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Book Reviews

Her Absence, This Wanderer

by Rachel Zolf

The Mennonite Madonna

by Diane Driedger

Strong in My Skin

by Jennifer Frankum

The Law of Return

by Karen Shenfeld

Much of the poetry currently issued in Canada is the product of small presses, whose efforts and commitment to publishing new poets often goes largely unnoticed in the mainstream media.

Each of these debut volumes, published by a small press, constructs a personal narrative that takes the reader on a journey through time and place. The broad sweep of history shapes the small canvas of daily life in the collections by Diane Driedger and Rachel Zolf. Driedger and Zolf write respectively as Mennonite and Jew who seek to situate their present lives in the context of a larger past. A private, less public history is the subject of Jennifer Frankum and Karen Shenfeld’s volumes. All four poets reveal a sensitive engagement with the felt world and an ability to translate perception and experience through nuanced language.

In The Mennonite Madonna, Driedger returns to a small town in Saskatchewan run by the Mennonite church. In 1908, her great-grandfather Johann Driedger was excommunicated from his church and shunned by his Mennonite community. Johann was a successful businessman who accused another man of burning down his own store as well as Johann’s for the insurance money. The church regarded the accusation of a fellow church member as unbrotherly and expelled Johann.

Driedger admits that her great-grandfather’s obsession to regain entry into his church and his community soon claimed her imagination in a sequence of poems that recreates family history.

Johann emerges as a willful, determined man despite his thwarted efforts to regain acceptance as a Mennonite. Driedger writes of the burden that Johann’s wife Katharina feels as a result of her family’s isolation: “we move every two years / I feel the terror of / new places over and over … every little place a blur / of seeming redemption.”

Driedger inherited her great-grandparents’ determination, for this quality characterizes the collection’s later poems about contemporary life. The speaker positions herself as a woman who embraces her Mennonite heritage but not its legacy of silence.

Rachel Zolf – by far the most experimental poet and one of the most successful of the four – also draws on the past. Here, however, the speaker is concerned with her dual, often conflicting identity, as a Canadian Jew and a lesbian.

Zolf incorporates a series of powerful photographs: recent shots of old gravestones in Jewish cemeteries in Poland accompany photographs of family members killed in concentration camps during the Second World War. These images – at once beautiful and haunting – complement the angry beauty and stark language of Zolf’s poetry.

At first glance, the textual play of Zolf’s Her Absence, This Wanderer appears at odds with its serious subject matter. However, the reader comes to accept the form as a release from the serious content. On a pilgrimage to Poland, the speaker and her lover visit sites where Jews once lived, worked, and celebrated. It is through the playful form that a fragile sense of release is acquired, “I pull myself back gently / catch my fugitive glazed eye / hold steady chattering hand / smooth windswirled hair / and set myself down / in the sunlight, on the floor.”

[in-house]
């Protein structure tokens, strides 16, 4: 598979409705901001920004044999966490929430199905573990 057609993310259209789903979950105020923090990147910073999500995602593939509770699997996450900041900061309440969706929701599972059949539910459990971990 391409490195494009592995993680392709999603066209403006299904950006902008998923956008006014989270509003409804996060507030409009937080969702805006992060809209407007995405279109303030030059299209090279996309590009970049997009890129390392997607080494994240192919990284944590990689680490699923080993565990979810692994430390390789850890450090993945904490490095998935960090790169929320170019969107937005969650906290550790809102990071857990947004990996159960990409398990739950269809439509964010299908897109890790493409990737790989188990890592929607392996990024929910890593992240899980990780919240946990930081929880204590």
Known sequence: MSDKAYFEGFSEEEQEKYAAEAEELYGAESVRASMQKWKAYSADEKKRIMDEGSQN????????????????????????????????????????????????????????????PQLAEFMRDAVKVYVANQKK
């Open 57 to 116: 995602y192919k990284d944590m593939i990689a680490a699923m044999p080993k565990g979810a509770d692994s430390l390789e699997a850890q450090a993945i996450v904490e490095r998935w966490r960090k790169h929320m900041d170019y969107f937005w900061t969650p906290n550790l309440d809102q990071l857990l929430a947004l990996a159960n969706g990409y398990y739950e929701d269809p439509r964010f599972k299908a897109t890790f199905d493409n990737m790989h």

Jennifer Frankum’s lyric Strong in My Skin articulates the private landscape of family life. Unlike Driedger and Zolf, who look outward as they draw on personal history, Frankum focuses inward. Her craft is the least practised and weakest of the four poets. Nonetheless, she succeeds at the difficult task she sets herself: to render the experience of depression. Deftly, she conjures the “hag who dims my gaze,” the “black dog” that “skulks / grins, / has his way.”

Frankum begins with childhood and her silent, depressive father. “Cautious of him” as a young girl, the speaker does not understand his distance. As an adult, however, she recognizes that she and her father share a dark disposition. Her mother’s comforting presence, felt across the volume, contrasts too simply with the portrait of a troubled father. The reader yearns for the dense images and textured meaning that resonate in Frankum’s best poems.

The Law of Return by Karen Shenfeld offers up a varied palette. Although she writes about family and the inheritance of the past, Shenfeld is the most rooted in the present of the four poets. Comfortable with a variety of forms and a range of voices, Shenfeld, whose work is the most mature of this group, takes the reader on an exuberant journey across time and place with buoyant language.

Unlike Zolf who is driven to unearth the past, Shenfeld celebrates her Jewish heritage. This is not to suggest polished surfaces and little meaning. On the contrary, Shenfeld offers lyrical portraits of her father on Yom Kippur – he “bends like a willow over his book. / Whispers the N’Shane Tokef, / Closed fist beating the door of his chest” – and saying the prayer for the dead – “braid the fringes of his shawl. / He wraps it around him / Stands for the Kaddish. / Stained windows are dark, / then bright.” These images evoke centuries of beloved worship, well-worn traditions, and a daughter’s love for her father, all achieved with great economy through brilliant and clear language.